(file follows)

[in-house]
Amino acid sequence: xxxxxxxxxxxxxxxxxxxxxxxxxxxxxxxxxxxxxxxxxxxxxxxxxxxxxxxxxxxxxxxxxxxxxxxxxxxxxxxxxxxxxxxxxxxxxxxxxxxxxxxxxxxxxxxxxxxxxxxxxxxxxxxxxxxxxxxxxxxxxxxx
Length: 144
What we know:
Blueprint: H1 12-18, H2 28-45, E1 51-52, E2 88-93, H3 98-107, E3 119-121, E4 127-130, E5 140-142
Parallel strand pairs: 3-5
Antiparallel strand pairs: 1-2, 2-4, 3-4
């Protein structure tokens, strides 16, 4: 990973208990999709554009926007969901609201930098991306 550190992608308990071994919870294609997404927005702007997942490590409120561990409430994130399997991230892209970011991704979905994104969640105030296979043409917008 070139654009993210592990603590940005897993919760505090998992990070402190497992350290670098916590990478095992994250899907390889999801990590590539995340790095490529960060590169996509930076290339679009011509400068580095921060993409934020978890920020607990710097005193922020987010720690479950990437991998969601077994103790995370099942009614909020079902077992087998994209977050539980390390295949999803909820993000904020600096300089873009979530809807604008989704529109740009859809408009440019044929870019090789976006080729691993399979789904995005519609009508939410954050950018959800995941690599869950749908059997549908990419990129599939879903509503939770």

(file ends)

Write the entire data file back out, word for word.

[in-house]
Amino acid sequence: xxxxxxxxxxxxxxxxxxxxxxxxxxxxxxxxxxxxxxxxxxxxxxxxxxxxxxxxxxxxxxxxxxxxxxxxxxxxxxxxxxxxxxxxxxxxxxxxxxxxxxxxxxxxxxxxxxxxxxxxxxxxxxxxxxxxxxxxxxxxxxxx
Length: 144
What we know:
Blueprint: H1 12-18, H2 28-45, E1 51-52, E2 88-93, H3 98-107, E3 119-121, E4 127-130, E5 140-142
Parallel strand pairs: 3-5
Antiparallel strand pairs: 1-2, 2-4, 3-4
């Protein structure tokens, strides 16, 4: 990973208990999709554009926007969901609201930098991306 550190992608308990071994919870294609997404927005702007997942490590409120561990409430994130399997991230892209970011991704979905994104969640105030296979043409917008 070139654009993210592990603590940005897993919760505090998992990070402190497992350290670098916590990478095992994250899907390889999801990590590539995340790095490529960060590169996509930076290339679009011509400068580095921060993409934020978890920020607990710097005193922020987010720690479950990437991998969601077994103790995370099942009614909020079902077992087998994209977050539980390390295949999803909820993000904020600096300089873009979530809807604008989704529109740009859809408009440019044929870019090789976006080729691993399979789904995005519609009508939410954050950018959800995941690599869950749908059997549908990419990129599939879903509503939770």